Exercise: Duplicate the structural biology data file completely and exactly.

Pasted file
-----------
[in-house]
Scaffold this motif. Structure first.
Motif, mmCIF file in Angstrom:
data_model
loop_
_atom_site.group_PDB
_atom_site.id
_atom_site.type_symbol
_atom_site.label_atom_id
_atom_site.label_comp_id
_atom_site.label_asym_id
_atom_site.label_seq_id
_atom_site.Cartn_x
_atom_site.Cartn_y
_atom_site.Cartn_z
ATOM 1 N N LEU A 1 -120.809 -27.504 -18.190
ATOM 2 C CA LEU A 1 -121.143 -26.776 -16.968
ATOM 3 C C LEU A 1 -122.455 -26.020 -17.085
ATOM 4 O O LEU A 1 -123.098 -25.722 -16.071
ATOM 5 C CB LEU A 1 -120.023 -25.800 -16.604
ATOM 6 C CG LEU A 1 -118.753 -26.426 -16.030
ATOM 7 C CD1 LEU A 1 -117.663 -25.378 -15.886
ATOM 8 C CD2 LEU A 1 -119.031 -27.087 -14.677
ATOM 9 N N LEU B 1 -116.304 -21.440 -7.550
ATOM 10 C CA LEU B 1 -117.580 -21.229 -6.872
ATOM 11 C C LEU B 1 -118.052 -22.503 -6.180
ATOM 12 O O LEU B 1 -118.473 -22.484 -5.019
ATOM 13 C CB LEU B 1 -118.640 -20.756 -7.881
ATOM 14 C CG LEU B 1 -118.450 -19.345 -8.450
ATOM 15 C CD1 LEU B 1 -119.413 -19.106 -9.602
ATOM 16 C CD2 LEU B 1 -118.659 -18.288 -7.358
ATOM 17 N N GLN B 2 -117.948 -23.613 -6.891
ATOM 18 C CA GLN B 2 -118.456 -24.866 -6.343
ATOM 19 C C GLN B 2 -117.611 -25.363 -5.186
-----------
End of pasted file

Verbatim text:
[in-house]
Scaffold this motif. Structure first.
Motif, mmCIF file in Angstrom:
data_model
loop_
_atom_site.group_PDB
_atom_site.id
_atom_site.type_symbol
_atom_site.label_atom_id
_atom_site.label_comp_id
_atom_site.label_asym_id
_atom_site.label_seq_id
_atom_site.Cartn_x
_atom_site.Cartn_y
_atom_site.Cartn_z
ATOM 1 N N LEU A 1 -120.809 -27.504 -18.190
ATOM 2 C CA LEU A 1 -121.143 -26.776 -16.968
ATOM 3 C C LEU A 1 -122.455 -26.020 -17.085
ATOM 4 O O LEU A 1 -123.098 -25.722 -16.071
ATOM 5 C CB LEU A 1 -120.023 -25.800 -16.604
ATOM 6 C CG LEU A 1 -118.753 -26.426 -16.030
ATOM 7 C CD1 LEU A 1 -117.663 -25.378 -15.886
ATOM 8 C CD2 LEU A 1 -119.031 -27.087 -14.677
ATOM 9 N N LEU B 1 -116.304 -21.440 -7.550
ATOM 10 C CA LEU B 1 -117.580 -21.229 -6.872
ATOM 11 C C LEU B 1 -118.052 -22.503 -6.180
ATOM 12 O O LEU B 1 -118.473 -22.484 -5.019
ATOM 13 C CB LEU B 1 -118.640 -20.756 -7.881
ATOM 14 C CG LEU B 1 -118.450 -19.345 -8.450
ATOM 15 C CD1 LEU B 1 -119.413 -19.106 -9.602
ATOM 16 C CD2 LEU B 1 -118.659 -18.288 -7.358
ATOM 17 N N GLN B 2 -117.948 -23.613 -6.891
ATOM 18 C CA GLN B 2 -118.456 -24.866 -6.343
ATOM 19 C C GLN B 2 -117.611 -25.363 -5.186